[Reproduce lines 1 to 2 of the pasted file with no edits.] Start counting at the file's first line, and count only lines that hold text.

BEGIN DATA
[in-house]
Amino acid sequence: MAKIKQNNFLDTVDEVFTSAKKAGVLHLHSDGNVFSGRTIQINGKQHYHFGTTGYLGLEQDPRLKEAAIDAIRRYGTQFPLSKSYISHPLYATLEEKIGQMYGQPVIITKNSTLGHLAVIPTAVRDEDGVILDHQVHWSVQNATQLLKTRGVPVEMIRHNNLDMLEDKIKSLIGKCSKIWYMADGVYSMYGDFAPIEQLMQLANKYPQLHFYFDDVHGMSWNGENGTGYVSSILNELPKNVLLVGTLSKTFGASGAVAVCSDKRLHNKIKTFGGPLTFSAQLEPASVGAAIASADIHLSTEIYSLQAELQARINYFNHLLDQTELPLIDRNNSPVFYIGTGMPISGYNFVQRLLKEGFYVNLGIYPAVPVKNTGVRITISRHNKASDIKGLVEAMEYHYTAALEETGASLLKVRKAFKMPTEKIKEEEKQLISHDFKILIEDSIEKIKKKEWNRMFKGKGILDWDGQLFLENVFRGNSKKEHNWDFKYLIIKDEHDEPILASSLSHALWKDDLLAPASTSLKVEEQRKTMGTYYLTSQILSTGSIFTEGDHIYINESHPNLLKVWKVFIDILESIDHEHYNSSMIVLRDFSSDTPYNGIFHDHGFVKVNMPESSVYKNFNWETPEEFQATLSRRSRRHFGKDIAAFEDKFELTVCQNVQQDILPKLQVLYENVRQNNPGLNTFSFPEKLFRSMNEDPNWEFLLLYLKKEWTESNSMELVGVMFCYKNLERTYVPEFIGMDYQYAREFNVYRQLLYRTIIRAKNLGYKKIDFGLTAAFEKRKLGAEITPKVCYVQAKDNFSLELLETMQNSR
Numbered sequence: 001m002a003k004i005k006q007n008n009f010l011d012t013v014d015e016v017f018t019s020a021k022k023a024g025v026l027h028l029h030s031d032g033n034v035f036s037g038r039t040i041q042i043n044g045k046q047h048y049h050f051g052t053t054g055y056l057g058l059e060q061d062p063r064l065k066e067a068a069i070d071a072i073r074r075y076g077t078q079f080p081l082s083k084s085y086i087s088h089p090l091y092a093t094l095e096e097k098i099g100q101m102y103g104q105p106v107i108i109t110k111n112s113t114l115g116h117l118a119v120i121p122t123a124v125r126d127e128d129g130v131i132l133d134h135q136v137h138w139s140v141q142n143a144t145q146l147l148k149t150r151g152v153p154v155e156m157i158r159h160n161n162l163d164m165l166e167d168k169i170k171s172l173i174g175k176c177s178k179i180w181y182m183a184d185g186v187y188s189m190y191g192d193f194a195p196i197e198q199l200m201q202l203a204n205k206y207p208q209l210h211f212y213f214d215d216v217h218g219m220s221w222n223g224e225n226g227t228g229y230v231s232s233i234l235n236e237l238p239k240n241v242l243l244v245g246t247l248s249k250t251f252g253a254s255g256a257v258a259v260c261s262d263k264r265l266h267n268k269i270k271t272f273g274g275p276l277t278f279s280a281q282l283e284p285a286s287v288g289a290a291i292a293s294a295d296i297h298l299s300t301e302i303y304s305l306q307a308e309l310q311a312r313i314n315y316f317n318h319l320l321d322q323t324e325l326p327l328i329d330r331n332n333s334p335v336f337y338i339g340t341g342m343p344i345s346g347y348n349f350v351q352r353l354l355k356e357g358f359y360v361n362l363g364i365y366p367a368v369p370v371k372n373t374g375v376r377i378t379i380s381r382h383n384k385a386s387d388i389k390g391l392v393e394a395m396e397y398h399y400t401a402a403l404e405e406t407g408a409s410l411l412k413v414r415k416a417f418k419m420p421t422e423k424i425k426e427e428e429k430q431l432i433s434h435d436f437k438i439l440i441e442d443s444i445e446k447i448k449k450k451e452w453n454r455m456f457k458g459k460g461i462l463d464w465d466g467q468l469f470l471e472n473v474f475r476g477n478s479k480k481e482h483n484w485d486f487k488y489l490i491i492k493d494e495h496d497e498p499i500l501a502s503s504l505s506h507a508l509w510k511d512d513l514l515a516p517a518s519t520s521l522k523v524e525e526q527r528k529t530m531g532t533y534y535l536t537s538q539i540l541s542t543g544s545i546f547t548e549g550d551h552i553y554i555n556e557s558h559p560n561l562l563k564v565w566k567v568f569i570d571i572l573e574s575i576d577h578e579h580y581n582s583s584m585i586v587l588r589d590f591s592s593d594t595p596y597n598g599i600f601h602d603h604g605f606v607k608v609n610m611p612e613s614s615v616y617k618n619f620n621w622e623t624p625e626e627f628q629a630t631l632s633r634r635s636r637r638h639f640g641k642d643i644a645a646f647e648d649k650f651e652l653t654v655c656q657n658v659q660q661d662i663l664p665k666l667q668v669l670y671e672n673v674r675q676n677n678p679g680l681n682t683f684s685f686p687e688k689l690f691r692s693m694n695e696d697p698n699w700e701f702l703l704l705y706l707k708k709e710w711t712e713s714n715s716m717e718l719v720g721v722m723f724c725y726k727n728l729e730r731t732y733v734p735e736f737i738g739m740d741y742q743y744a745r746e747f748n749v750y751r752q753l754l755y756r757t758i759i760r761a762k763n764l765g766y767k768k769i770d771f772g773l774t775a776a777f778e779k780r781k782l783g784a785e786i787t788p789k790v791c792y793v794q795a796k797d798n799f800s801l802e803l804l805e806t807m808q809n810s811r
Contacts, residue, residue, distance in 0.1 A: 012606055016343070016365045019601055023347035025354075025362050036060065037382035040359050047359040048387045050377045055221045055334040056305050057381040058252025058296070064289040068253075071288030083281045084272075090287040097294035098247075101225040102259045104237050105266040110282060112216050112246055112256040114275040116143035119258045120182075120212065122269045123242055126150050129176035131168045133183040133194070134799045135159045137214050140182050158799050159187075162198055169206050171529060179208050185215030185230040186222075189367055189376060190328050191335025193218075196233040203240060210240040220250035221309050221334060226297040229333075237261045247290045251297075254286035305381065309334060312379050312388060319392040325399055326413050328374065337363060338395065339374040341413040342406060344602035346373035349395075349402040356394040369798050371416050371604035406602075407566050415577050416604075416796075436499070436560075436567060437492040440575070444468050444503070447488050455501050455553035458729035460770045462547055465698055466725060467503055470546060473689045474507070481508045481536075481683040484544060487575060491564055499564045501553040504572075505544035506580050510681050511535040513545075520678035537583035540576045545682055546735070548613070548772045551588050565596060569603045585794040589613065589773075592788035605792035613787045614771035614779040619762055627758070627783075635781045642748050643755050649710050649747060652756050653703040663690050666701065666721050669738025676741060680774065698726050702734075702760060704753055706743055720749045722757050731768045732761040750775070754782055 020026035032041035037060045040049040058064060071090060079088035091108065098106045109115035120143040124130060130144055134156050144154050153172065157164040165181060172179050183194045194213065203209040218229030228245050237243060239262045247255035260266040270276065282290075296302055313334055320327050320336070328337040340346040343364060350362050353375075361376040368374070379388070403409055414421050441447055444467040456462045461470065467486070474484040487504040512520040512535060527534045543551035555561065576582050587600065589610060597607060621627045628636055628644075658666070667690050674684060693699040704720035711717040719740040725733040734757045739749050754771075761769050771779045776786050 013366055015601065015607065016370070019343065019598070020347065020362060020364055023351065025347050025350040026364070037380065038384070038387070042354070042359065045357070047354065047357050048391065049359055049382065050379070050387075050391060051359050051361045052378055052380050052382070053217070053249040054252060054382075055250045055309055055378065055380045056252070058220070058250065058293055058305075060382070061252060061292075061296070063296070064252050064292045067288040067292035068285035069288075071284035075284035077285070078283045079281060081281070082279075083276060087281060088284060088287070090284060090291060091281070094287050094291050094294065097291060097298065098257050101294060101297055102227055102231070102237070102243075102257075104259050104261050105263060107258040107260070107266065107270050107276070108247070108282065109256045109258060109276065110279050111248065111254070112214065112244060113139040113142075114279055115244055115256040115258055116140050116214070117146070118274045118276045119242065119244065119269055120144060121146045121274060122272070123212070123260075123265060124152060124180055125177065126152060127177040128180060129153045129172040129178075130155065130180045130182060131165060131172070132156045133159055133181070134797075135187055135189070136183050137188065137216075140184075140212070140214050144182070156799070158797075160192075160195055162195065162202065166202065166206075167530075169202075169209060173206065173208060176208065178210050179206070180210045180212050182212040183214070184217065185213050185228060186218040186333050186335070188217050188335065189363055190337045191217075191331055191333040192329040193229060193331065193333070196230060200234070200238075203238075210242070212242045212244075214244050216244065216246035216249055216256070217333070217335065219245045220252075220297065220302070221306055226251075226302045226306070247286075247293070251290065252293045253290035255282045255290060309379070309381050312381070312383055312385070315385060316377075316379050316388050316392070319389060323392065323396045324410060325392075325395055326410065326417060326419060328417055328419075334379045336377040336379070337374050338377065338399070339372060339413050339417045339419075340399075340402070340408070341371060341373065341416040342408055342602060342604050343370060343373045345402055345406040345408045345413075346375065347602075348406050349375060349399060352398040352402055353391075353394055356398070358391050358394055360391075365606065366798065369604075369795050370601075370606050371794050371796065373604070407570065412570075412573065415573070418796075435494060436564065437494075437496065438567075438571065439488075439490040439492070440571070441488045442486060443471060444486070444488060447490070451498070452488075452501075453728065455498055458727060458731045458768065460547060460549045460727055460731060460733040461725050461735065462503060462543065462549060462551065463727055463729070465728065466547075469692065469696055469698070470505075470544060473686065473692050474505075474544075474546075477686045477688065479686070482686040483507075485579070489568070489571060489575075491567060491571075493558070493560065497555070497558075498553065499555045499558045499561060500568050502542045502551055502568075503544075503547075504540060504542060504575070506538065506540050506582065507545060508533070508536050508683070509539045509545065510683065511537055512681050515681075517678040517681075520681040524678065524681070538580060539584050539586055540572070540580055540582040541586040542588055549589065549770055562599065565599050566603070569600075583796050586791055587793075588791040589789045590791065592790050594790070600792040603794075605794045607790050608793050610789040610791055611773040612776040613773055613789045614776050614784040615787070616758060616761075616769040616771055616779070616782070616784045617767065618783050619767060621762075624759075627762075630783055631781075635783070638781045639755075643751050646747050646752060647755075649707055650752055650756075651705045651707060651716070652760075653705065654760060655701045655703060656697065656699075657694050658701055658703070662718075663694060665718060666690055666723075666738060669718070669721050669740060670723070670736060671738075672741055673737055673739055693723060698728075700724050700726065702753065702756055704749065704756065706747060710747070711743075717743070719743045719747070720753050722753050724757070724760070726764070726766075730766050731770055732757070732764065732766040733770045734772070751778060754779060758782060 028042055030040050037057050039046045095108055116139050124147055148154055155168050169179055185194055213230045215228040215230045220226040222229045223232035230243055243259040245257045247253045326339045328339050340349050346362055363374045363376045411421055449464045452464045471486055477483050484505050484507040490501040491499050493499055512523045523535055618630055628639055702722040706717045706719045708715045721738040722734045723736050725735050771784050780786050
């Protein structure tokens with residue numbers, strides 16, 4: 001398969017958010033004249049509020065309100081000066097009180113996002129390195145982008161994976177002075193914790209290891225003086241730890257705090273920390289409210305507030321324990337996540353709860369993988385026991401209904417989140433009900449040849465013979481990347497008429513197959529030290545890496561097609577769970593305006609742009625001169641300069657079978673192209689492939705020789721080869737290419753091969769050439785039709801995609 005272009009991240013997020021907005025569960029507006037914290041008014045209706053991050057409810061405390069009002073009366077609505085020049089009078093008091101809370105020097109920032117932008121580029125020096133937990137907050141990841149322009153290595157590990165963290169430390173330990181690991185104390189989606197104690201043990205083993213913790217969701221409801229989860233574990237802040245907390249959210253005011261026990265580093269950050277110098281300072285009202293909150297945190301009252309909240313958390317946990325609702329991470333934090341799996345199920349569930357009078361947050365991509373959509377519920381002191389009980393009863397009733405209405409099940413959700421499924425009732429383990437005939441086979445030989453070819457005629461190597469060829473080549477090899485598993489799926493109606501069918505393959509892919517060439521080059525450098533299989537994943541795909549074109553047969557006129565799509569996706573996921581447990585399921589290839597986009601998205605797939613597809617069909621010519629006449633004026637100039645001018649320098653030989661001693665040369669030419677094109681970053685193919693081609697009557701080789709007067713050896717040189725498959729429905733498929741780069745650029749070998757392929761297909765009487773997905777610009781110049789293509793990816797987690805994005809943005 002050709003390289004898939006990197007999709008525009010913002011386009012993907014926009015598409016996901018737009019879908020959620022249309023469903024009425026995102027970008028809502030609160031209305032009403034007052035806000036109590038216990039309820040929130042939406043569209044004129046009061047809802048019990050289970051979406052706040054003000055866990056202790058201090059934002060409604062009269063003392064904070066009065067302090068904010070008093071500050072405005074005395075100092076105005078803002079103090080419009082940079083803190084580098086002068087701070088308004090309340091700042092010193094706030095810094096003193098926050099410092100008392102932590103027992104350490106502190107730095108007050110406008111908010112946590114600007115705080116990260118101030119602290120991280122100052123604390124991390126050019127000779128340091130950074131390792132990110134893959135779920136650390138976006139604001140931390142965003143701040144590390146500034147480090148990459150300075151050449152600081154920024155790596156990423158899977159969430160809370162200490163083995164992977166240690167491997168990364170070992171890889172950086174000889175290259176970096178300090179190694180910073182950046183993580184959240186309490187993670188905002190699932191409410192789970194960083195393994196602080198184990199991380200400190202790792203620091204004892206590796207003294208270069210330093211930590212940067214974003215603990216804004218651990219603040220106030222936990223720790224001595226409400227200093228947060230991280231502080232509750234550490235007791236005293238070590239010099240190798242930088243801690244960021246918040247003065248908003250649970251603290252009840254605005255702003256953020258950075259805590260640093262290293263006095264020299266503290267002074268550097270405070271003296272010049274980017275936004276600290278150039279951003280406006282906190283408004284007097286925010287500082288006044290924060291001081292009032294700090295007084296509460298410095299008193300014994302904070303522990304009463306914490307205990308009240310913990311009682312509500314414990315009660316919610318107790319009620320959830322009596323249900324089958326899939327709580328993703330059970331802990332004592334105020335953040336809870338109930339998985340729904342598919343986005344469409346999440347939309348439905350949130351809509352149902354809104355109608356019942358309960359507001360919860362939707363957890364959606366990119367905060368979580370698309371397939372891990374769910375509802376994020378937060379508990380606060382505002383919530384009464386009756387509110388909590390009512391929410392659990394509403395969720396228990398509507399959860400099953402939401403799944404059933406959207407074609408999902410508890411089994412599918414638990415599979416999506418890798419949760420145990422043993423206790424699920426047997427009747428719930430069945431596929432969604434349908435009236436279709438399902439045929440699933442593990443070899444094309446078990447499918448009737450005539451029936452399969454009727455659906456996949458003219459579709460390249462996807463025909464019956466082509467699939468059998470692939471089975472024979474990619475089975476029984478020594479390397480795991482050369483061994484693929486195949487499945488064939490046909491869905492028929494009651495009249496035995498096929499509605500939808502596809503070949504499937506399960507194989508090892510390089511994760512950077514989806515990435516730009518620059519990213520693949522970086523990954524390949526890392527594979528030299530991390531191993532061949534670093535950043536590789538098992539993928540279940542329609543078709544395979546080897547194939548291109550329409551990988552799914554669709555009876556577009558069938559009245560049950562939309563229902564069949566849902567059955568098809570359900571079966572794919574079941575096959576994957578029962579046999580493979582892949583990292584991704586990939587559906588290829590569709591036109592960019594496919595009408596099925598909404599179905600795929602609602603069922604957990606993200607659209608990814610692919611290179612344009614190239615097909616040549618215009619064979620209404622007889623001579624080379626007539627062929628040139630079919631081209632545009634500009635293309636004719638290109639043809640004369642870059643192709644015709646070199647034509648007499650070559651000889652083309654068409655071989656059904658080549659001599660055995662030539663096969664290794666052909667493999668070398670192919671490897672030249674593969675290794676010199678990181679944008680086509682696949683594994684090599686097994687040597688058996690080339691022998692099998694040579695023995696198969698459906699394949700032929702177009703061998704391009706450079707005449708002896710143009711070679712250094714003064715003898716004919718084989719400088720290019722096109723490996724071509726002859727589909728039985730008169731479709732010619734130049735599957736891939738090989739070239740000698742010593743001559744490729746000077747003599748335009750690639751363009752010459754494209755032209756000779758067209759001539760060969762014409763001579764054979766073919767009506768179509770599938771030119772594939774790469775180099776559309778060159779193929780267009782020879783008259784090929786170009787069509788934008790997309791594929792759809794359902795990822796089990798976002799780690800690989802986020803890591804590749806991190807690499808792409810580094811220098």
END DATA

[in-house]
Amino acid sequence: MAKIKQNNFLDTVDEVFTSAKKAGVLHLHSDGNVFSGRTIQINGKQHYHFGTTGYLGLEQDPRLKEAAIDAIRRYGTQFPLSKSYISHPLYATLEEKIGQMYGQPVIITKNSTLGHLAVIPTAVRDEDGVILDHQVHWSVQNATQLLKTRGVPVEMIRHNNLDMLEDKIKSLIGKCSKIWYMADGVYSMYGDFAPIEQLMQLANKYPQLHFYFDDVHGMSWNGENGTGYVSSILNELPKNVLLVGTLSKTFGASGAVAVCSDKRLHNKIKTFGGPLTFSAQLEPASVGAAIASADIHLSTEIYSLQAELQARINYFNHLLDQTELPLIDRNNSPVFYIGTGMPISGYNFVQRLLKEGFYVNLGIYPAVPVKNTGVRITISRHNKASDIKGLVEAMEYHYTAALEETGASLLKVRKAFKMPTEKIKEEEKQLISHDFKILIEDSIEKIKKKEWNRMFKGKGILDWDGQLFLENVFRGNSKKEHNWDFKYLIIKDEHDEPILASSLSHALWKDDLLAPASTSLKVEEQRKTMGTYYLTSQILSTGSIFTEGDHIYINESHPNLLKVWKVFIDILESIDHEHYNSSMIVLRDFSSDTPYNGIFHDHGFVKVNMPESSVYKNFNWETPEEFQATLSRRSRRHFGKDIAAFEDKFELTVCQNVQQDILPKLQVLYENVRQNNPGLNTFSFPEKLFRSMNEDPNWEFLLLYLKKEWTESNSMELVGVMFCYKNLERTYVPEFIGMDYQYAREFNVYRQLLYRTIIRAKNLGYKKIDFGLTAAFEKRKLGAEITPKVCYVQAKDNFSLELLETMQNSR